On the same day as a think tank of economists found most Canadians don’t understand carbon pricing, the federal environment minister proved she doesn’t understand taxpayers.

Environment Minister Catherine McKenna says if Ontario’s Doug Ford or Alberta’s Jason Kenney win their respective elections and refuse to collect a carbon tax – as both seem likely to do – she will rebate the forsaken revenue directly to taxpayers.

Voters are supposed to hear that as a threat and tremble. In the real world, that will be seen as an election goodie and drive them to elect carbon pricing opponents.

According to a survey released this week by the Ecofiscal Commission of economist do-gooders, most voters don’t understand the carbon taxation concept.

It’s easy to see why. Just try to grasp a cap and trade system like Ontario’s, where companies go to an auction based in California and bid $2.4 billion for the right to buy pollution rights. That’s a pretty weird concept.

And then consider what that carbon tax windfall does to induce green behavior by the average person. Actually, nothing.

It helped me a bit. I’m one of the 100,000 homeowners who spotted a $40-million smart thermostats giveaway and signed up before they sold out, even though my older version is working quite well in delivering temperature control on a timer.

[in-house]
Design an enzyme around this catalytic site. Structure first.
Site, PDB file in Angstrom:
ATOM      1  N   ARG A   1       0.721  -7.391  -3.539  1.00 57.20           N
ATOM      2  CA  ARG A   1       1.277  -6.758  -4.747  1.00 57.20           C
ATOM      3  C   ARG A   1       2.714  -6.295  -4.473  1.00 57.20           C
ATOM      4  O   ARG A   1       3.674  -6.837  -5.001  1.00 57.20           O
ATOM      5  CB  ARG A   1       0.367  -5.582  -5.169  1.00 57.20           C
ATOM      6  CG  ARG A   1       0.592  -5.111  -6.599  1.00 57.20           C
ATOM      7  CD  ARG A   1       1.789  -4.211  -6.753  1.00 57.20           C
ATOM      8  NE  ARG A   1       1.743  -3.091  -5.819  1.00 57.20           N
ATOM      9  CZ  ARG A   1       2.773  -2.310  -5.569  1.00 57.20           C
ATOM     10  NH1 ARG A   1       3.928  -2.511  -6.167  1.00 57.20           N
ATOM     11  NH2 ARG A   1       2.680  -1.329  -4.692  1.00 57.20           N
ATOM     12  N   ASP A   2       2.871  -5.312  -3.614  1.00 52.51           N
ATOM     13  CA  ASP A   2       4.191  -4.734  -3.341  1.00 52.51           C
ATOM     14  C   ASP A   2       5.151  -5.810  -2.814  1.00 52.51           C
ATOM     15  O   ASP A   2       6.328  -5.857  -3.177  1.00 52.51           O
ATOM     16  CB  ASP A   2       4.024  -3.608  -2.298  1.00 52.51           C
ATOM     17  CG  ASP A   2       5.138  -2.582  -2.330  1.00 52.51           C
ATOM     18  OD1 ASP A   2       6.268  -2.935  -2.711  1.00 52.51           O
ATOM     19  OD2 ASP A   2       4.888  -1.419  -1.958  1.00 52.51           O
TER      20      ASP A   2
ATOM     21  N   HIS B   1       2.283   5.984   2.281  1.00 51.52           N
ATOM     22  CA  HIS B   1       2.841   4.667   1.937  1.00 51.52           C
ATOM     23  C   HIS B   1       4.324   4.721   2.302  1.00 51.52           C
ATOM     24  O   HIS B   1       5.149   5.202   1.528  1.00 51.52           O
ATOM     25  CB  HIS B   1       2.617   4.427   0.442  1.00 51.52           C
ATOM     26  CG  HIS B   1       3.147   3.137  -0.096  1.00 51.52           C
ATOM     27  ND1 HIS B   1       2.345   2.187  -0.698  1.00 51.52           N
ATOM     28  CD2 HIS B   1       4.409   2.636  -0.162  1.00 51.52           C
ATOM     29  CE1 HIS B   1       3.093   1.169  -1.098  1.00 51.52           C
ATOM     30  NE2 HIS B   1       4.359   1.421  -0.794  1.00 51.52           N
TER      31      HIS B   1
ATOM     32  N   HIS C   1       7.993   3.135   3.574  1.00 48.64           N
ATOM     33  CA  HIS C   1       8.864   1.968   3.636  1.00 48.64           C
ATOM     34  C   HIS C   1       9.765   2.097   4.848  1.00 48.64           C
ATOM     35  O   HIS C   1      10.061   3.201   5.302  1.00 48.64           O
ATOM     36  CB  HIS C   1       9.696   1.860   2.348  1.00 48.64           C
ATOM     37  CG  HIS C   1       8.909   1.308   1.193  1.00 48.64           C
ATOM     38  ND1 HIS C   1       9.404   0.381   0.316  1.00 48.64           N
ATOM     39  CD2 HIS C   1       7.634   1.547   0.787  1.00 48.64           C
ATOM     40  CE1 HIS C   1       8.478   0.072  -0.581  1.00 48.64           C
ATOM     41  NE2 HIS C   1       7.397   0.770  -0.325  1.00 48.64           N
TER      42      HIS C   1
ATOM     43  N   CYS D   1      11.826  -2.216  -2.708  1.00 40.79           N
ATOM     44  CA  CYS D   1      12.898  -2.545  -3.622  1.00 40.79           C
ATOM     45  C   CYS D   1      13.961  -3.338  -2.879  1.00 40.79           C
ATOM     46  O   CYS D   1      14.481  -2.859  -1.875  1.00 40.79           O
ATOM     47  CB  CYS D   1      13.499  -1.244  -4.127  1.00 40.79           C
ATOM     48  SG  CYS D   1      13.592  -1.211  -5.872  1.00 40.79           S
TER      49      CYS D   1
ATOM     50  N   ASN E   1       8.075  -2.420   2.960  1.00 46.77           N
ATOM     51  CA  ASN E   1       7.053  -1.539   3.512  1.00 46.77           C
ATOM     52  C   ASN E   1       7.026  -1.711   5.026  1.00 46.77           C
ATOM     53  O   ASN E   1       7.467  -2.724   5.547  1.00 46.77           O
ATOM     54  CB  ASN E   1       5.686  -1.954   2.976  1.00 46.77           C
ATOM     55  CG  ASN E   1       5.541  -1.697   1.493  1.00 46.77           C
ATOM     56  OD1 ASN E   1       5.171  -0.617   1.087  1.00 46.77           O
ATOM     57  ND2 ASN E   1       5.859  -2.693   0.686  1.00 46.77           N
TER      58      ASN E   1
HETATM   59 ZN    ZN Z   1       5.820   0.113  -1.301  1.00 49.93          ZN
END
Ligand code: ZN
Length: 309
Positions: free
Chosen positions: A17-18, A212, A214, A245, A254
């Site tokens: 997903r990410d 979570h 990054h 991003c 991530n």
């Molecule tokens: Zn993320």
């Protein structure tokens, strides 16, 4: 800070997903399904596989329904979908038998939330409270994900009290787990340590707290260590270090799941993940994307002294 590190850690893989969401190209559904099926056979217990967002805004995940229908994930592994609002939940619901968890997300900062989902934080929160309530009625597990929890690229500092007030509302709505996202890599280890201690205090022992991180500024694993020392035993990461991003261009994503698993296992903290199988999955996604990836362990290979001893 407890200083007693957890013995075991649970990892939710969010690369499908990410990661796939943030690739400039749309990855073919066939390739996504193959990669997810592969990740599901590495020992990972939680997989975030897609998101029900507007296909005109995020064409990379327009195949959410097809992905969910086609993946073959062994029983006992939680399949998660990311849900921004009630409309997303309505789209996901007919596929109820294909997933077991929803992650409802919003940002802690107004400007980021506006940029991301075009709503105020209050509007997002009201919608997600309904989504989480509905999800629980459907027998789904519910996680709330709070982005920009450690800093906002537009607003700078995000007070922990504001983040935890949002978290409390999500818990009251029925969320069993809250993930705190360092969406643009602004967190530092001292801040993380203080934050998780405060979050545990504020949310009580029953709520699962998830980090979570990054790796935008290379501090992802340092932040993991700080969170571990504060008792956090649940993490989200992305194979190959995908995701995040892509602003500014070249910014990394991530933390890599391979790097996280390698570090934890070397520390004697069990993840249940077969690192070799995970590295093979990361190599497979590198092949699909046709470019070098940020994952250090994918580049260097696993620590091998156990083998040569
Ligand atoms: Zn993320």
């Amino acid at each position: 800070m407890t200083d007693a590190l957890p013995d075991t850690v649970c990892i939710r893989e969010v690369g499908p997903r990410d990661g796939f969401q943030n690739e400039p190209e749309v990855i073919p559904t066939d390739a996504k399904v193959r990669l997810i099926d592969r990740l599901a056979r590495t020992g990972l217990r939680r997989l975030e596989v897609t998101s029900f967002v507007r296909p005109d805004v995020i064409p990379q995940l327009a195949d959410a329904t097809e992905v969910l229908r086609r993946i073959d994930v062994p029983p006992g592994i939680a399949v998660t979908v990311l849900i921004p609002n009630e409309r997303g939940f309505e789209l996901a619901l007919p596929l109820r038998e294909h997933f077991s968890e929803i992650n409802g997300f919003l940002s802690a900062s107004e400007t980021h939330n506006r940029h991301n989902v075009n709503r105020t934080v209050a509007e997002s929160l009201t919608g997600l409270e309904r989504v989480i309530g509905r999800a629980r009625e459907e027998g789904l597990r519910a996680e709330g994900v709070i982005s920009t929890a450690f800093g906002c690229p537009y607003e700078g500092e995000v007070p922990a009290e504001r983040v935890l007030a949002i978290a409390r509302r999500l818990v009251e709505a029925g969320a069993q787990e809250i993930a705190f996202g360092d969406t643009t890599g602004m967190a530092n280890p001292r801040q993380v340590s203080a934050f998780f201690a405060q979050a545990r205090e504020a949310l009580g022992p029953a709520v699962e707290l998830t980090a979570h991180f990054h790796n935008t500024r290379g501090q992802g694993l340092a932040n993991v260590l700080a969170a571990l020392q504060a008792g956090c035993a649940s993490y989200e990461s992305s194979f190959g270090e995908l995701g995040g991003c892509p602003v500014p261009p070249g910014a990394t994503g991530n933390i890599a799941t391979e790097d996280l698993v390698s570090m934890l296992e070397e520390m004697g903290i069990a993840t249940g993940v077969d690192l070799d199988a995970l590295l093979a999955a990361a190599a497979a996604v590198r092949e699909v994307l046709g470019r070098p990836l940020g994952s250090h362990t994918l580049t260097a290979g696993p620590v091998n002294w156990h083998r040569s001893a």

But most taxpayers, who don’t need new windows or don’t want a geo-thermal heating system installed, won’t see any payback. And they can only watch as a luxury Tesla or some other $75,000 electric car drives by, partially financed by a $14,000 government rebate from their gasoline fill-ups.

So if the choice is to cancel freebies of zero benefit to 99 per cent of taxpayers in favor of a federal carbon rebate for everybody, well, say hello to premiers Doug Ford and Jason Kenney.

The problem with the current regimes of carbon pricing is that they’re insufficiently harsh to induce real behavioral change and increasingly used as slush funding for governments to squander in their own whimsical way.

Poorly explained as a taxation stick and poorly distributed as an environmental carrot, carbon pricing is likely on the way out in two pivotal provinces where emission reductions are crucial to fighting very real climate change.

But for the real culprit in this pending failure, one can only blame the overproduction of hot political air.

That’s the Last Word.